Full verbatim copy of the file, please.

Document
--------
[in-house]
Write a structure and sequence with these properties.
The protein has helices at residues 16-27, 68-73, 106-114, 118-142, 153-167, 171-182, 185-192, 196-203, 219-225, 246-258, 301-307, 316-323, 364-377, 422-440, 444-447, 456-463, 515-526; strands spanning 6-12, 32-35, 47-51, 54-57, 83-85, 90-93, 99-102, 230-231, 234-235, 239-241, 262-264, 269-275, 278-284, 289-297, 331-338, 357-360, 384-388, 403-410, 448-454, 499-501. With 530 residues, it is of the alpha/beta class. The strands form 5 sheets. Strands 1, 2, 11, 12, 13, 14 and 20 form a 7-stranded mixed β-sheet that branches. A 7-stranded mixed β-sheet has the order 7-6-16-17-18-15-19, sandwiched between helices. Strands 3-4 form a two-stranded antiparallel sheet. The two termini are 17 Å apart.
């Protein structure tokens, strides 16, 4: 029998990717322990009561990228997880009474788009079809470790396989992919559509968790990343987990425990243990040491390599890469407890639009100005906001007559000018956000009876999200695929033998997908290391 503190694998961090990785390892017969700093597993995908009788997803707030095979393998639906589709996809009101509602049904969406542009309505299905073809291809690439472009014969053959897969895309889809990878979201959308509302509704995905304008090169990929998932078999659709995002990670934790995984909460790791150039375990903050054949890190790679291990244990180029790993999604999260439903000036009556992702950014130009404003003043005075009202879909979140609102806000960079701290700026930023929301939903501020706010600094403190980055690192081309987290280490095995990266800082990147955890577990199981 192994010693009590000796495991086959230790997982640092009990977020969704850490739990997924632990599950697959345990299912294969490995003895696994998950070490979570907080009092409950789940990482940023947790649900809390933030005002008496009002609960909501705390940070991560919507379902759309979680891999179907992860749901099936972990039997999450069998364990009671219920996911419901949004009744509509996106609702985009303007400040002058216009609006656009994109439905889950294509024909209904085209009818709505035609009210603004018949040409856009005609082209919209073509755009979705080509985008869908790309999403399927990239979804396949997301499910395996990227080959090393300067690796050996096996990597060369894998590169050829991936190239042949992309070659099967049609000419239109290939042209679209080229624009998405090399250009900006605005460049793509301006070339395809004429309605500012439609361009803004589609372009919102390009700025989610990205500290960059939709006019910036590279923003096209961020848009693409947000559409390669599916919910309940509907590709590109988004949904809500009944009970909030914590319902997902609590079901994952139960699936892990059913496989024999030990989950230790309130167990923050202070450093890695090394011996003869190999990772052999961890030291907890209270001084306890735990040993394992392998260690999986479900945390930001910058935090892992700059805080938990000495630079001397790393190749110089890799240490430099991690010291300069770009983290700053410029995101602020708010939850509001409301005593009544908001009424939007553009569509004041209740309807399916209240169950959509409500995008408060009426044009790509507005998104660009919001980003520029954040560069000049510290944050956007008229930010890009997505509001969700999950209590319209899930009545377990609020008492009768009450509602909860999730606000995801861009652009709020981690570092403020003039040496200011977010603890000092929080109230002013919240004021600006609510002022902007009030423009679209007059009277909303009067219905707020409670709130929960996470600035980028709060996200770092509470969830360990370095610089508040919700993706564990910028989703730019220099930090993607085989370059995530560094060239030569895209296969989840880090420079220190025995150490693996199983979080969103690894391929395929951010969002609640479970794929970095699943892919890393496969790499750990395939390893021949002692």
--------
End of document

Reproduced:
[in-house]
Write a structure and sequence with these properties.
The protein has helices at residues 16-27, 68-73, 106-114, 118-142, 153-167, 171-182, 185-192, 196-203, 219-225, 246-258, 301-307, 316-323, 364-377, 422-440, 444-447, 456-463, 515-526; strands spanning 6-12, 32-35, 47-51, 54-57, 83-85, 90-93, 99-102, 230-231, 234-235, 239-241, 262-264, 269-275, 278-284, 289-297, 331-338, 357-360, 384-388, 403-410, 448-454, 499-501. With 530 residues, it is of the alpha/beta class. The strands form 5 sheets. Strands 1, 2, 11, 12, 13, 14 and 20 form a 7-stranded mixed β-sheet that branches. A 7-stranded mixed β-sheet has the order 7-6-16-17-18-15-19, sandwiched between helices. Strands 3-4 form a two-stranded antiparallel sheet. The two termini are 17 Å apart.
């Protein structure tokens, strides 16, 4: 029998990717322990009561990228997880009474788009079809470790396989992919559509968790990343987990425990243990040491390599890469407890639009100005906001007559000018956000009876999200695929033998997908290391 503190694998961090990785390892017969700093597993995908009788997803707030095979393998639906589709996809009101509602049904969406542009309505299905073809291809690439472009014969053959897969895309889809990878979201959308509302509704995905304008090169990929998932078999659709995002990670934790995984909460790791150039375990903050054949890190790679291990244990180029790993999604999260439903000036009556992702950014130009404003003043005075009202879909979140609102806000960079701290700026930023929301939903501020706010600094403190980055690192081309987290280490095995990266800082990147955890577990199981 192994010693009590000796495991086959230790997982640092009990977020969704850490739990997924632990599950697959345990299912294969490995003895696994998950070490979570907080009092409950789940990482940023947790649900809390933030005002008496009002609960909501705390940070991560919507379902759309979680891999179907992860749901099936972990039997999450069998364990009671219920996911419901949004009744509509996106609702985009303007400040002058216009609006656009994109439905889950294509024909209904085209009818709505035609009210603004018949040409856009005609082209919209073509755009979705080509985008869908790309999403399927990239979804396949997301499910395996990227080959090393300067690796050996096996990597060369894998590169050829991936190239042949992309070659099967049609000419239109290939042209679209080229624009998405090399250009900006605005460049793509301006070339395809004429309605500012439609361009803004589609372009919102390009700025989610990205500290960059939709006019910036590279923003096209961020848009693409947000559409390669599916919910309940509907590709590109988004949904809500009944009970909030914590319902997902609590079901994952139960699936892990059913496989024999030990989950230790309130167990923050202070450093890695090394011996003869190999990772052999961890030291907890209270001084306890735990040993394992392998260690999986479900945390930001910058935090892992700059805080938990000495630079001397790393190749110089890799240490430099991690010291300069770009983290700053410029995101602020708010939850509001409301005593009544908001009424939007553009569509004041209740309807399916209240169950959509409500995008408060009426044009790509507005998104660009919001980003520029954040560069000049510290944050956007008229930010890009997505509001969700999950209590319209899930009545377990609020008492009768009450509602909860999730606000995801861009652009709020981690570092403020003039040496200011977010603890000092929080109230002013919240004021600006609510002022902007009030423009679209007059009277909303009067219905707020409670709130929960996470600035980028709060996200770092509470969830360990370095610089508040919700993706564990910028989703730019220099930090993607085989370059995530560094060239030569895209296969989840880090420079220190025995150490693996199983979080969103690894391929395929951010969002609640479970794929970095699943892919890393496969790499750990395939390893021949002692």